8: Peppicelli S, Bianchini F, Torre E, Calorini L. Contribution of acidic
melanoma cells undergoing epithelial-to-mesenchymal transition to aggressiveness
of non-acidic melanoma cells. Clin Exp Metastasis. 2014 Apr;31(4):423-33. doi:
10.1007/s10585-014-9637-6. PubMed PMID: 24469963.
9: Peppicelli S, Bianchini F, Contena C, Tombaccini D, Calorini L. Acidic pH via
NF-κB favours VEGF-C expression in human melanoma cells. Clin Exp Metastasis.
2013 Dec;30(8):957-67. doi: 10.1007/s10585-013-9595-4. PubMed PMID: 23784694.
10: Bianchini F, Cini N, Trabocchi A, Bottoncetti A, Raspanti S, Vanzi E, Menchi
G, Guarna A, Pupi A, Calorini L. ¹²⁵I-radiolabeled morpholine-containing
arginine-glycine-aspartate (RGD) ligand of αvβ₃ integrin as a molecular imaging
probe for angiogenesis. J Med Chem. 2012 Jun 14;55(11):5024-33. doi:
10.1021/jm2016232. PubMed PMID: 22621422.
Previous research experiences Prof. Lido Calorini, starting from his PhD Thesis, has spent a great effort studying in vivo behaviour of various tumor cells with different metastatic potential, starting from the first well known model of murine B16-F1/F10 melanoma cells, isolated by I.J. Fidler (MD Anderson Cancer Center, University of Texas). Using these models, he found that metastatic cells express a lipid profile characterized by a reduction of polyunsaturated fatty acids (PUFAs), an increase content of oleic acid and arachidonic acid-enriched-ether-linked lipids. Further, Prof. Calorini demonstrated that metastatic diffusion of tumor cells is significantly reduced in animals fed an essential fatty acid-deficient diet or a diet enriched in n-3 PUFAs, identifying a potential tool to inhibit metastases. Thus, metastatic dissemination is not only the consequence of properties acquired by tumor cells (the so-called “pentathlon’s athlete” theory) but also results from tumor cell/host cell interactions. During a three-year sojourn in the U.S. (Tufts University, Boston, MA), he approached the study of the role of MHC class I antigens in metastatic diffusion of murine melanoma cells and proved that these antigens may influence metastatic dissemination also using mechanisms independent of their involvement in immune reactions. This disclose new role of MHC class I antigens in tumor progression. Thereafter, Prof. Calorini focused his scientific interest to study communication between inflammatory cells of tumor microenvironment and cancer cells. Prof. Calorini investigated the role played by tumor-associated macrophages (TAMs) and cancer-associated fibroblasts (CAFs) and their products (inflammatory cytokines, proteases and bioactive lipids) in tumor progression and metastatic dissemination. This interest led to conclude that TAMs activated by melanoma cells themselves promote adhesiveness, invasiveness and metastatic diffusion in target organs realising IFNg and TNFa. This is one of the first observation linking TAMs to IFNg release. Using an experimental model made by prostatic adenocarcinoma cells and fibroblasts isolated from a tumor-bearing prostate gland, he observed that CAFs elicited in prostate cancer cells an aggressive phenotype characterized by an epithelial-to-mesenchymal transition program and stem cell markers. To enrich its experience in in vivo procedure useful to investigate tumor growth and dissemination, Prof. Calorini investigated the biological effects exerted by antagonists of RGD integrins on melanoma-bearing immunodeficient animals using a micro Positron Emission Tomography analysis.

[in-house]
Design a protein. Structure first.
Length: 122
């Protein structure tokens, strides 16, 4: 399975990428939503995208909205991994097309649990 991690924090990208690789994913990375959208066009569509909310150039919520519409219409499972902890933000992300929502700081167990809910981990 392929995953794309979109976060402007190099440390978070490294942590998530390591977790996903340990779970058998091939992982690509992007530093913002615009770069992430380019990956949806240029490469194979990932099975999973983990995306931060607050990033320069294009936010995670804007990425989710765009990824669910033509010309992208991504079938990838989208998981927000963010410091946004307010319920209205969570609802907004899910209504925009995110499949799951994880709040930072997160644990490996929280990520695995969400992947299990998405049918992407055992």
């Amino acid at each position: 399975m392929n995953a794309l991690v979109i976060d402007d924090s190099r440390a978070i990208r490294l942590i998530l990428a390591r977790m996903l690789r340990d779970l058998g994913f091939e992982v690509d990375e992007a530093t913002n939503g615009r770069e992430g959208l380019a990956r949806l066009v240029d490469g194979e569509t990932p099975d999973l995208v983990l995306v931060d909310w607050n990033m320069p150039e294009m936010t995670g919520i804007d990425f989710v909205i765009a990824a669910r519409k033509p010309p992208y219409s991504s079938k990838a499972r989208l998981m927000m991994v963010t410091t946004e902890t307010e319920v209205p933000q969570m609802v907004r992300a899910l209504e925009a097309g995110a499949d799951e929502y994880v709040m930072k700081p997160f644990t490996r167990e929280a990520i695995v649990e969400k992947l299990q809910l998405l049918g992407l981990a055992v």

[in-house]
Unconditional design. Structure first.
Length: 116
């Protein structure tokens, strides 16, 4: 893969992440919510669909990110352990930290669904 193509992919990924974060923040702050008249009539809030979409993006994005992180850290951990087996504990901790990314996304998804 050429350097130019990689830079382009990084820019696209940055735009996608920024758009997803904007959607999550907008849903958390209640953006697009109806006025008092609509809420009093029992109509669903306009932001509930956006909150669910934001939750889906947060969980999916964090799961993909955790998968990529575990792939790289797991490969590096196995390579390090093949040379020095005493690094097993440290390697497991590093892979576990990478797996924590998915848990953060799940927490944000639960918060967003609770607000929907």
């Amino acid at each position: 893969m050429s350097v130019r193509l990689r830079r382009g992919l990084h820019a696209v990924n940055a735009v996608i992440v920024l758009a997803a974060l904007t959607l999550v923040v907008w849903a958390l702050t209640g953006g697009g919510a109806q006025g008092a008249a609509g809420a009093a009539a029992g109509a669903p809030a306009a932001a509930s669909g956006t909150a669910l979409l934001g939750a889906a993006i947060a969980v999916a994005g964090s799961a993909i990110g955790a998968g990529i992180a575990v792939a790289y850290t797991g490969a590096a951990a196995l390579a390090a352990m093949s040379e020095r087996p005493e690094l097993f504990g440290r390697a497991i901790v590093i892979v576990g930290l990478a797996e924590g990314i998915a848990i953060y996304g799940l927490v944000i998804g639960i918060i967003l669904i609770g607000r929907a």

Main scientific contributions
- Non-immunogical role of MHC in cancer
-Tumor-associated macrophages and metastatic dissemination of melanoma cells
- Intratumoral fibroblasts and prostate carcinoma cell progression
- Low pH of tumor microenvironment and melanoma progression to malignancy
- Metabolic reprogramming of cancer cells grown in acidosis
- RGD antagonists and PET imaging of melanoma
- RGD nanocarries and delivery targeted agents in melanoma
Prof. Soldano Ferrone, Massachusetts General Hospital, Harvard Medical School, Boston
Prof. Franca Zanardi, Università degli Studi di Parma, Dipartimento di Scienze degli Alimenti e del Farmaco
Prof. Alberto Pupi, Università degli Studi di Firenze, Dipartimento di Scienze Biomediche Sperimentali e Cliniche, sez. Medicina Nucleare
Prof. Gerardino D’Errico, Università degli Studi di Napoli Federico II, Dipartimento di Scienze chimiche.
Dott. Andrea Trabocchi, Università degli Studi di Firenze, Dipartimento di Chimica.